In the Department of Chemistry we offer a range of programmes that can be taken full or part time. Research projects can be carried out in virtually any area of chemistry as long as a suitable project and supervisor can be allocated, meaning you can specialise in your own specific area of interest. Read more
In the Department of Chemistry we offer a range of programmes that can be taken full or part time. Research projects can be carried out in virtually any area of chemistry as long as a suitable project and supervisor can be allocated, meaning you can specialise in your own specific area of interest. You will work under the guidance of an academic supervisor who is expert in that particular field, and alongside other members of the research group including academics, post-doctoral researchers as well as fellow postgraduate students.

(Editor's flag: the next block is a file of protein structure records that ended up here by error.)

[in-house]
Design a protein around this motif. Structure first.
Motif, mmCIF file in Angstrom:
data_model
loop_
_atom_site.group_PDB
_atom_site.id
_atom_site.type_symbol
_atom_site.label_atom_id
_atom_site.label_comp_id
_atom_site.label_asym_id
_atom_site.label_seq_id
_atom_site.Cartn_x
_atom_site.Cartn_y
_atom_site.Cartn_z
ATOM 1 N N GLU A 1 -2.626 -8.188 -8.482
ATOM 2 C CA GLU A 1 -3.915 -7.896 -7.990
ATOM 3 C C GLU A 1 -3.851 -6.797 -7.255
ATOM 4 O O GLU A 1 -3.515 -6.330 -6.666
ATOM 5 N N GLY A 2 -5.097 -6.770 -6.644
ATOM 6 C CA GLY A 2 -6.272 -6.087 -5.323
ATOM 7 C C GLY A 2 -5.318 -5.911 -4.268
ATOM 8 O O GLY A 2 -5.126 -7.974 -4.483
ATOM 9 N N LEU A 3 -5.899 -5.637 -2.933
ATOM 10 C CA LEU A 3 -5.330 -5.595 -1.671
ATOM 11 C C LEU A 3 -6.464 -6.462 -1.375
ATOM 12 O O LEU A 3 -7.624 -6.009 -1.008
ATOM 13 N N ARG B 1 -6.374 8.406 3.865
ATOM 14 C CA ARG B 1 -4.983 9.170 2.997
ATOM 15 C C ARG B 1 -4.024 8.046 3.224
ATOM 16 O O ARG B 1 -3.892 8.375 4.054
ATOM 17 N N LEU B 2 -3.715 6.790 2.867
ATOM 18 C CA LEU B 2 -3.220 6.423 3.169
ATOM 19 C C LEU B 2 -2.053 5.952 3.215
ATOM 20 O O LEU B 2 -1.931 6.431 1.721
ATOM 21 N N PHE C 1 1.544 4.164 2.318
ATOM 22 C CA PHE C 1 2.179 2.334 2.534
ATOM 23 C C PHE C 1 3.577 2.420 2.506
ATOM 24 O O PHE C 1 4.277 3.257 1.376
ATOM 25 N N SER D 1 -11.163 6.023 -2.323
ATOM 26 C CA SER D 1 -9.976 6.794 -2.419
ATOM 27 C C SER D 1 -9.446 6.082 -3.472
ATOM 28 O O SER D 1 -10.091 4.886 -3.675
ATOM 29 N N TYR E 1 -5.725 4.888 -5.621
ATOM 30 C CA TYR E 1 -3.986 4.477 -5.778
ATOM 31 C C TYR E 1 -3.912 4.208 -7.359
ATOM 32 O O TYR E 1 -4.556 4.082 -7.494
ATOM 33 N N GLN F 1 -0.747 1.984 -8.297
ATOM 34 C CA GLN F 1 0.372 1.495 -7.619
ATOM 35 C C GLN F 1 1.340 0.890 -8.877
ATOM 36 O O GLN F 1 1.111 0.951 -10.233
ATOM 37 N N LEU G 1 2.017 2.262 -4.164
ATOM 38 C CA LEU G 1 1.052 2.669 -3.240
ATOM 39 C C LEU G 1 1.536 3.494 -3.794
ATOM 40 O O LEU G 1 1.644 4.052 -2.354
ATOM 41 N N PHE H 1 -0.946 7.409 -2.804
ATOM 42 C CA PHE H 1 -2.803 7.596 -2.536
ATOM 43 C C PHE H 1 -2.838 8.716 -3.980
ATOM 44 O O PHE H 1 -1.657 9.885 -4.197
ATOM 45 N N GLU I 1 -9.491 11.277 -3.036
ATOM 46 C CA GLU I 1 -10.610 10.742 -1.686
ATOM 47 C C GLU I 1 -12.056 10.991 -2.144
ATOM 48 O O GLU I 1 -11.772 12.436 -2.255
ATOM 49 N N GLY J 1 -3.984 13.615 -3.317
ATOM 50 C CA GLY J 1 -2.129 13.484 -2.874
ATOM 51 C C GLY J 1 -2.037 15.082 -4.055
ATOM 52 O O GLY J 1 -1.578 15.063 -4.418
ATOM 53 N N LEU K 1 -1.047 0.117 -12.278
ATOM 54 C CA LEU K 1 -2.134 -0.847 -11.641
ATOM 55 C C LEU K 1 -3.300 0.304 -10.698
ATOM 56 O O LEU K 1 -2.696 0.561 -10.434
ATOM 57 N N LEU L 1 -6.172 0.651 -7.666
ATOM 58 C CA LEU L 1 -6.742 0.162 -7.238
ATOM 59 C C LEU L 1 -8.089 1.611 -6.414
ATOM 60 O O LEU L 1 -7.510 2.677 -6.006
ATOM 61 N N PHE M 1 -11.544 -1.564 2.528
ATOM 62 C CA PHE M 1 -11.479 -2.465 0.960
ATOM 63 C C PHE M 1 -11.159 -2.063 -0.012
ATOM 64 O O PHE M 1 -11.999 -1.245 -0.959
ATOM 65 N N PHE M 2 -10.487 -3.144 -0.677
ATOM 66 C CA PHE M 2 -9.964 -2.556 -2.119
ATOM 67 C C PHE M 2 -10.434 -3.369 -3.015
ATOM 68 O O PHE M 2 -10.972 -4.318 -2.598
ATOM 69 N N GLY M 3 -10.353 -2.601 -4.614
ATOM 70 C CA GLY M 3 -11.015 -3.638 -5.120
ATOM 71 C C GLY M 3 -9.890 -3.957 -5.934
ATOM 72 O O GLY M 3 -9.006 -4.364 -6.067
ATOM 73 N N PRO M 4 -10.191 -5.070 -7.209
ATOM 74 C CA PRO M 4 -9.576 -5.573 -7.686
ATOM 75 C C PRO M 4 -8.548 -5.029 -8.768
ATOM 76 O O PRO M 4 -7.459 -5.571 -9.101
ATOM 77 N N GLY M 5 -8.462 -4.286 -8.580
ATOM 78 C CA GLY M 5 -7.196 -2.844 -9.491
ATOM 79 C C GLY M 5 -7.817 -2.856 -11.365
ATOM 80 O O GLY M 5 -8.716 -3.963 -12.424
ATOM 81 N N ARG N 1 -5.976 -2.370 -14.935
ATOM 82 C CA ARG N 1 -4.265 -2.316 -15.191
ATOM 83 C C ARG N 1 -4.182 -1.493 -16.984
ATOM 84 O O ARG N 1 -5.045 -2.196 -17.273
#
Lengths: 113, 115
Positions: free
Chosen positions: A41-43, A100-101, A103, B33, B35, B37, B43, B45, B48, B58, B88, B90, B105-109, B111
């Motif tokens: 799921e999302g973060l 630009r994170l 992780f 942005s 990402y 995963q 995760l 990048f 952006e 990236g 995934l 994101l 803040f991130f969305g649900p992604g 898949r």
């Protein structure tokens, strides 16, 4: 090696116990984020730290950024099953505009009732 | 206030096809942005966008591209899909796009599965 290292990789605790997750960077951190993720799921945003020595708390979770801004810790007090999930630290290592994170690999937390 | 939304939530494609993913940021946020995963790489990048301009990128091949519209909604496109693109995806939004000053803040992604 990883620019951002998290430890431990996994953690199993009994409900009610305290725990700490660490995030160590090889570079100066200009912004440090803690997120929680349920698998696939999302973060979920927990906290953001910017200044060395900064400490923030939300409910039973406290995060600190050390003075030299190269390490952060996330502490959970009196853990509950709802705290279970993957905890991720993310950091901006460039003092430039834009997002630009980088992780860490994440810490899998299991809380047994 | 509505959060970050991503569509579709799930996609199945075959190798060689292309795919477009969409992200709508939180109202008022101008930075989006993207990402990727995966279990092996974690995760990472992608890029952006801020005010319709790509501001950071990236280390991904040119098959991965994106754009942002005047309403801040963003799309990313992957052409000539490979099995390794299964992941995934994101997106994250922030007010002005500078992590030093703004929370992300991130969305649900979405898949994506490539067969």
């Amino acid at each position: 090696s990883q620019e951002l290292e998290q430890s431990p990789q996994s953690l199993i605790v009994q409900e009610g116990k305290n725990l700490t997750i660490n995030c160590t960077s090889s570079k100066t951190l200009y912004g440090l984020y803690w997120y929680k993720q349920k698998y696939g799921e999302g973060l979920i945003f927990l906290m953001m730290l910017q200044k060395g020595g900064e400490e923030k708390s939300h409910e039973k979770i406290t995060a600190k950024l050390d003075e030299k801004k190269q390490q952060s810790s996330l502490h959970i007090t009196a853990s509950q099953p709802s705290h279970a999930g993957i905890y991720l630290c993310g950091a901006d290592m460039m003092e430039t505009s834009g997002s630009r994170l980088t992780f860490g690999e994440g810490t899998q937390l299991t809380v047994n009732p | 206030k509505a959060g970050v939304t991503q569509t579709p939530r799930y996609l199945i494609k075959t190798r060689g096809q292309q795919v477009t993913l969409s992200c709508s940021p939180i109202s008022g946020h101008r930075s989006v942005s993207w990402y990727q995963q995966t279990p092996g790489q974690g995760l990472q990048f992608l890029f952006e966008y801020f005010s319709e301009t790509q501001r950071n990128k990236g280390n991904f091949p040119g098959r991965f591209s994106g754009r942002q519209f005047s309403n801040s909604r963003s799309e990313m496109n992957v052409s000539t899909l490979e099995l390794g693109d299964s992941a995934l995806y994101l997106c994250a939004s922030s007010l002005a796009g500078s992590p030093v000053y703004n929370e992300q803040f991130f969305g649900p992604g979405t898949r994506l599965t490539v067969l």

As a research student in the Department of Chemistry, you can expect:
-A dedicated supervisor to help direct your research and training
-A Thesis Advisory Panel (TAP) comprising two members of staff to monitor your progress and offer impartial advice
-TAP meetings every six months for which you are required to prepare a report on your research
-Progress meetings with your supervisor approximately every 2 months, and more informal interactions with your supervisor on a day-to-day basis
-Training programmes designed to provide you with research, teaching and transferable skills. This is delivered through our Innovative Doctoral Training in Chemistry Programme
-Seminar programmes from leading scientists, and opportunities to present your own research